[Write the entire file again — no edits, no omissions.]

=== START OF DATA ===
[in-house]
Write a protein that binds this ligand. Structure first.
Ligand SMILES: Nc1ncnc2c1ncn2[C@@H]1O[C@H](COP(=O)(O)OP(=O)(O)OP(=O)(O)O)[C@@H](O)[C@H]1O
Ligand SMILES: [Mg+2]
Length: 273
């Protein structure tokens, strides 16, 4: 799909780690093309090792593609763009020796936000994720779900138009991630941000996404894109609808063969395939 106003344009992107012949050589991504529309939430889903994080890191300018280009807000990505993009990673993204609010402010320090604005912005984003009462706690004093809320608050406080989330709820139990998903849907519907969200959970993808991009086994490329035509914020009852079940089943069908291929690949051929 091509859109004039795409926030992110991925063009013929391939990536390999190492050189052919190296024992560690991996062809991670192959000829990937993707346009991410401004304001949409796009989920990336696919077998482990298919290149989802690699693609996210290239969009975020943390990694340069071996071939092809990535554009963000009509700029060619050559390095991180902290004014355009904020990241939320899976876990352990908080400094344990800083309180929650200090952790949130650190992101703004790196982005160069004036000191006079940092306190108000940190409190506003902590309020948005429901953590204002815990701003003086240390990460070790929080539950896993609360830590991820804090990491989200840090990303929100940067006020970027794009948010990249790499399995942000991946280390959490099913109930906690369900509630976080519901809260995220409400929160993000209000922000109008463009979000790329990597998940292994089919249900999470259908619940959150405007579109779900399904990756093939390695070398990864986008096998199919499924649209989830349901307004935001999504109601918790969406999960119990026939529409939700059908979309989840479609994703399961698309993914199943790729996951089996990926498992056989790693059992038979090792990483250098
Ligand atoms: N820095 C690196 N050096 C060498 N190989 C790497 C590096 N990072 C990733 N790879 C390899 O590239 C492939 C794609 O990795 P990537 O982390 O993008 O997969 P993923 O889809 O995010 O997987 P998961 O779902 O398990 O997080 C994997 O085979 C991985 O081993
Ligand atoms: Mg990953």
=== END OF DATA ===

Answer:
[in-house]
Write a protein that binds this ligand. Structure first.
Ligand SMILES: Nc1ncnc2c1ncn2[C@@H]1O[C@H](COP(=O)(O)OP(=O)(O)OP(=O)(O)O)[C@@H](O)[C@H]1O
Ligand SMILES: [Mg+2]
Length: 273
């Protein structure tokens, strides 16, 4: 799909780690093309090792593609763009020796936000994720779900138009991630941000996404894109609808063969395939 106003344009992107012949050589991504529309939430889903994080890191300018280009807000990505993009990673993204609010402010320090604005912005984003009462706690004093809320608050406080989330709820139990998903849907519907969200959970993808991009086994490329035509914020009852079940089943069908291929690949051929 091509859109004039795409926030992110991925063009013929391939990536390999190492050189052919190296024992560690991996062809991670192959000829990937993707346009991410401004304001949409796009989920990336696919077998482990298919290149989802690699693609996210290239969009975020943390990694340069071996071939092809990535554009963000009509700029060619050559390095991180902290004014355009904020990241939320899976876990352990908080400094344990800083309180929650200090952790949130650190992101703004790196982005160069004036000191006079940092306190108000940190409190506003902590309020948005429901953590204002815990701003003086240390990460070790929080539950896993609360830590991820804090990491989200840090990303929100940067006020970027794009948010990249790499399995942000991946280390959490099913109930906690369900509630976080519901809260995220409400929160993000209000922000109008463009979000790329990597998940292994089919249900999470259908619940959150405007579109779900399904990756093939390695070398990864986008096998199919499924649209989830349901307004935001999504109601918790969406999960119990026939529409939700059908979309989840479609994703399961698309993914199943790729996951089996990926498992056989790693059992038979090792990483250098
Ligand atoms: N820095 C690196 N050096 C060498 N190989 C790497 C590096 N990072 C990733 N790879 C390899 O590239 C492939 C794609 O990795 P990537 O982390 O993008 O997969 P993923 O889809 O995010 O997987 P998961 O779902 O398990 O997080 C994997 O085979 C991985 O081993
Ligand atoms: Mg990953």